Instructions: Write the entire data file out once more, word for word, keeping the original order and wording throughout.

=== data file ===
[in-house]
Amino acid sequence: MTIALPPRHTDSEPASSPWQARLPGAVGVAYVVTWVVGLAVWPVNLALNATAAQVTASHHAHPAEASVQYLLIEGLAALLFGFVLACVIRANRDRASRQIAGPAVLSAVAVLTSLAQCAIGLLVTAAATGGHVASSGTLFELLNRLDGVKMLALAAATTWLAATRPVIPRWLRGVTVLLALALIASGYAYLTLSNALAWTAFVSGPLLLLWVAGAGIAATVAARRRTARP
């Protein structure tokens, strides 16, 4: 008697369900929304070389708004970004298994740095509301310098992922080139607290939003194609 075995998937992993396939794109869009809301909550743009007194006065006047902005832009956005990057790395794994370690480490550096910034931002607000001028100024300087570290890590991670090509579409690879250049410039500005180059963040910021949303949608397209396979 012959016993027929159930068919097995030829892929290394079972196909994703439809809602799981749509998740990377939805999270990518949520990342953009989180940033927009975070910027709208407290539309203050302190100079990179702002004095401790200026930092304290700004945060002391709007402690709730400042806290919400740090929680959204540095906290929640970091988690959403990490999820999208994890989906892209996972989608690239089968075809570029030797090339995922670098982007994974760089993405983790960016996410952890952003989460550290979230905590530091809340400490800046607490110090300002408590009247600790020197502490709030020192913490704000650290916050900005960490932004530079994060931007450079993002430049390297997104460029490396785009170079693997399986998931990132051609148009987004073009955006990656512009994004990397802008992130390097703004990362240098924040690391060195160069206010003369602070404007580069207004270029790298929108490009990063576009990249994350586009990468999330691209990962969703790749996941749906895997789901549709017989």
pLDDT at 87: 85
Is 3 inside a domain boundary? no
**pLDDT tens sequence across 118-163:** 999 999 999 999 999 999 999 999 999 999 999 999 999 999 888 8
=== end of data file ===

[in-house]
Amino acid sequence: MTIALPPRHTDSEPASSPWQARLPGAVGVAYVVTWVVGLAVWPVNLALNATAAQVTASHHAHPAEASVQYLLIEGLAALLFGFVLACVIRANRDRASRQIAGPAVLSAVAVLTSLAQCAIGLLVTAAATGGHVASSGTLFELLNRLDGVKMLALAAATTWLAATRPVIPRWLRGVTVLLALALIASGYAYLTLSNALAWTAFVSGPLLLLWVAGAGIAATVAARRRTARP
């Protein structure tokens, strides 16, 4: 008697369900929304070389708004970004298994740095509301310098992922080139607290939003194609 075995998937992993396939794109869009809301909550743009007194006065006047902005832009956005990057790395794994370690480490550096910034931002607000001028100024300087570290890590991670090509579409690879250049410039500005180059963040910021949303949608397209396979 012959016993027929159930068919097995030829892929290394079972196909994703439809809602799981749509998740990377939805999270990518949520990342953009989180940033927009975070910027709208407290539309203050302190100079990179702002004095401790200026930092304290700004945060002391709007402690709730400042806290919400740090929680959204540095906290929640970091988690959403990490999820999208994890989906892209996972989608690239089968075809570029030797090339995922670098982007994974760089993405983790960016996410952890952003989460550290979230905590530091809340400490800046607490110090300002408590009247600790020197502490709030020192913490704000650290916050900005960490932004530079994060931007450079993002430049390297997104460029490396785009170079693997399986998931990132051609148009987004073009955006990656512009994004990397802008992130390097703004990362240098924040690391060195160069206010003369602070404007580069207004270029790298929108490009990063576009990249994350586009990468999330691209990962969703790749996941749906895997789901549709017989």
pLDDT at 87: 85
Is 3 inside a domain boundary? no
**pLDDT tens sequence across 118-163:** 999 999 999 999 999 999 999 999 999 999 999 999 999 999 888 8